Updated: Jul 23, 2020
By Sarah Everhart
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In a recent decision from the U.S. District Court in Kentucky, the Court ruled in favor of Deere & Co. in a trademark infringement lawsuit regarding the company’s green and yellow brand color combination. Deere brought the suit against FIMCO, Inc., a company that manufactures and markets sprayers under the brand name Ag Spray Equipment, asserting FIMCO’s use of the green and yellow on its equipment infringed on Deere’s federal trademark of the colors (check out the Ag Spray Equipment catalog to see use of the colors). Deere also alleged the use of the colors confuses the public as to the origin of the product and dilutes the value of the Deere brand.
According to an article in the Quad City Times, starting in the late 1980’s Deere registered a trademark for the green and yellow color combination for its agricultural tractors, lawn and garden tractors, trailers, wagons, and carts, and over the years filed for other trademarks of the color combination to protect additional Deere products.
According to a press release from Deere, the Court ruled in favor of Deere on all counts in the lawsuit, finding that FIMCO intentionally used the green and yellow color combination to create an association with the John Deere brand. The Court further found FIMCO’s use was likely to cause consumer confusion about whether Deere had manufactured or endorsed the agricultural equipment. FIMCO, Inc. is now permanently enjoined (in layman’s terms prevented) from using the combination of green and yellow on their agricultural equipment sold in the United States (they can have all green or all yellow products but not both colors) and has 60 days to create a plan to comply with the injunction.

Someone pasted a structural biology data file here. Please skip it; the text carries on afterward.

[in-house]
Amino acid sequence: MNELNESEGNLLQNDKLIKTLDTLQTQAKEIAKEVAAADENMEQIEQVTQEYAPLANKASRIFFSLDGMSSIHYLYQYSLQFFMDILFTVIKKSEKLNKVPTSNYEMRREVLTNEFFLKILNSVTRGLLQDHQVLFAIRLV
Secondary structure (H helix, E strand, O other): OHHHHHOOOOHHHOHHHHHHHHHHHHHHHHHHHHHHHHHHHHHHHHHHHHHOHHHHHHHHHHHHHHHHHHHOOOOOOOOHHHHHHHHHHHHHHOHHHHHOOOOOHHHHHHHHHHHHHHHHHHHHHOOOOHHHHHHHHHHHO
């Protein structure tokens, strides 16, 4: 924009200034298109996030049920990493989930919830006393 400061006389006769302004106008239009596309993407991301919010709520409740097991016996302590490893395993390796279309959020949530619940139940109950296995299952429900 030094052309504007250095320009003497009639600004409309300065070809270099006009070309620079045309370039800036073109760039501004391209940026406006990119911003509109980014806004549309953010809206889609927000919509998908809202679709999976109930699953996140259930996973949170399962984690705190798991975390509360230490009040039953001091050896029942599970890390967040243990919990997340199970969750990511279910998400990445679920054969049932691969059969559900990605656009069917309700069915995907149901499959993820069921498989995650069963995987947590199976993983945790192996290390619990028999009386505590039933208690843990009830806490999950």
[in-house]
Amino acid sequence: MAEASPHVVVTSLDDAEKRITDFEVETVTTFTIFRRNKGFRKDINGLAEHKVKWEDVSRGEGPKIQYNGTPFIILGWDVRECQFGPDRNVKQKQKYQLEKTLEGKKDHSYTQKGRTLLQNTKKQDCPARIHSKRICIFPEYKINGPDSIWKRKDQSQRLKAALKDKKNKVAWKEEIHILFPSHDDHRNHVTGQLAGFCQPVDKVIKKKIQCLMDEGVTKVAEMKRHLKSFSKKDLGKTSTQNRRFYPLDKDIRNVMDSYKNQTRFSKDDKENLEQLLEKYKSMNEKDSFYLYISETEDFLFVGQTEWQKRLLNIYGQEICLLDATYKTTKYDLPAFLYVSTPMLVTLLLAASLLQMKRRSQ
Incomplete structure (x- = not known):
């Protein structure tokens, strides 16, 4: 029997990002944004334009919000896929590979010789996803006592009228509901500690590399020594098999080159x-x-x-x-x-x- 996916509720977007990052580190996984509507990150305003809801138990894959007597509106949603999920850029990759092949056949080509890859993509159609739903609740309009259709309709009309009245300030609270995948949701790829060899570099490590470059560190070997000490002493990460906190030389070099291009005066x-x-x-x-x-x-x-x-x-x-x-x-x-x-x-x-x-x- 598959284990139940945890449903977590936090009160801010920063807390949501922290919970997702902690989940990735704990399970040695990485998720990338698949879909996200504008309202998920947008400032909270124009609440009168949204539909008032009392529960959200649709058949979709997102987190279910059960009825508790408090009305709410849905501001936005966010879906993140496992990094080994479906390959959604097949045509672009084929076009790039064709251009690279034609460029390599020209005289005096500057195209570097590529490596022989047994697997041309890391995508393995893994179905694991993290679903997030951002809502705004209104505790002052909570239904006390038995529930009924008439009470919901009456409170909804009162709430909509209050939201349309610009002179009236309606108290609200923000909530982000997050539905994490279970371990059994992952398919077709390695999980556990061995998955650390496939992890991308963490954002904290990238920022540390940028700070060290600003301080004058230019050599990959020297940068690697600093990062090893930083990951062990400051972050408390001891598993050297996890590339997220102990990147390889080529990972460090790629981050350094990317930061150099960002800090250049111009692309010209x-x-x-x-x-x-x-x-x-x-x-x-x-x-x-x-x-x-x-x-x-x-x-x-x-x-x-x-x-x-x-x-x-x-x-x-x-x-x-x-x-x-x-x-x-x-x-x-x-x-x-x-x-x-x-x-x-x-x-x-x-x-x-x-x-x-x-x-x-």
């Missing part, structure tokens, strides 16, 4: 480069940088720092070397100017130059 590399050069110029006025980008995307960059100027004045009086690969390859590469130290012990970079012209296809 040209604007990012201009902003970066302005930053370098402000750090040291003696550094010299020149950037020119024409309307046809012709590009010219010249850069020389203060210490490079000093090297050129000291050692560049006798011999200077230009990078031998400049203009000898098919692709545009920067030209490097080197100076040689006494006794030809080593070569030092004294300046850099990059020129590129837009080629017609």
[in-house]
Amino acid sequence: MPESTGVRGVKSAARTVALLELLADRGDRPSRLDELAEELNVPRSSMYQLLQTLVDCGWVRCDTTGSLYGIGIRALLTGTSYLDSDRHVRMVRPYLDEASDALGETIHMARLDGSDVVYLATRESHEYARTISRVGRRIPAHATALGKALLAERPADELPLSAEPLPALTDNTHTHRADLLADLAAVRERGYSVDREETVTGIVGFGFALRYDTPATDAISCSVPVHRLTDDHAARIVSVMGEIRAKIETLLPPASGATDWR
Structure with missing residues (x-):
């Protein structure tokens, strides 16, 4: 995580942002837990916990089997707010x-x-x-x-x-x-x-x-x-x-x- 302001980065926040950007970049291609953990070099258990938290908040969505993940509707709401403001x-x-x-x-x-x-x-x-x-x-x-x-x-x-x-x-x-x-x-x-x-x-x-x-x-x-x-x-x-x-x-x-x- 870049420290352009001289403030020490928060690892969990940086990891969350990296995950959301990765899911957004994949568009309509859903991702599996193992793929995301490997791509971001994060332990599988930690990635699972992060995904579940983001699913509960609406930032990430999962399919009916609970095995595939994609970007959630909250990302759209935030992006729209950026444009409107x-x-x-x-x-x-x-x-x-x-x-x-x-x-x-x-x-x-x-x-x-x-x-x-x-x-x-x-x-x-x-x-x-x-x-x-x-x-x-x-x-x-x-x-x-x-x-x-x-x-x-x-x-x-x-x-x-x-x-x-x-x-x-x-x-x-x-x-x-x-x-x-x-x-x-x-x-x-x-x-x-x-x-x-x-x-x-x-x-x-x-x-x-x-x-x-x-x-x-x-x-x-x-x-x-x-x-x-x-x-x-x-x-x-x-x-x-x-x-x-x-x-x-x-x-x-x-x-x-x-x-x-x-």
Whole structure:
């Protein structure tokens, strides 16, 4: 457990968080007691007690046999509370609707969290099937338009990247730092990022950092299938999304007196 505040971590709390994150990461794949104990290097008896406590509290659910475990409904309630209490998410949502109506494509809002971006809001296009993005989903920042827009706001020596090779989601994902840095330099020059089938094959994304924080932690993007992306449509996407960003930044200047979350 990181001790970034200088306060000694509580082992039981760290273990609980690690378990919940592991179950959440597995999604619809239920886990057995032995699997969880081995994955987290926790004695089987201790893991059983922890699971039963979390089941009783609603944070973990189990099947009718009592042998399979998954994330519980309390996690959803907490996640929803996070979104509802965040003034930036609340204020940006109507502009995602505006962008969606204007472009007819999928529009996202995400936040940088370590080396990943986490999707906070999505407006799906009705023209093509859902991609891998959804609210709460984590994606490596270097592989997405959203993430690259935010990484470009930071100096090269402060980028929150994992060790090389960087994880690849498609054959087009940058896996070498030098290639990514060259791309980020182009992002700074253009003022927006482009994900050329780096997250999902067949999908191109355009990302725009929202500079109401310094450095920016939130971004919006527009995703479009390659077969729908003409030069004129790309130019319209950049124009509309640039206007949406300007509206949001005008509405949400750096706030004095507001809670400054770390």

Given the success of John Deere in defending its trademarked brand colors, should you run out to trademark your product’s color(s)? The short answer is probably not. In order to trademark a color, the company must prove that consumers visually equate a specific color with that brand. This is not an easy legal standard to meet. Over the summer, General Mills lost a two-year legal battle to trademark the use of yellow on Cheerios boxes; too many other cereals were already using yellow on their boxes. According to an article in adweek, Judge Anthony R. Masiello explained in his decision, “[s]hoppers who are accustomed to seeing numerous brands from different sources offered in yellow packaging are unlikely to be conditioned to perceive yellow packaging as an indicator of a unique source.” Even when a company is successful in acquiring a trademark, its use often has specific limits. For example, the 3M Corporation has successfully trademarked the color yellow, but only for Post-it notes. Additionally, once a company has acquired a trademark it may have to file legal action to defend its trademark, as was the case with John Deere.
For more information on the difference between a tradename and trademark and how to register both, check out this past post.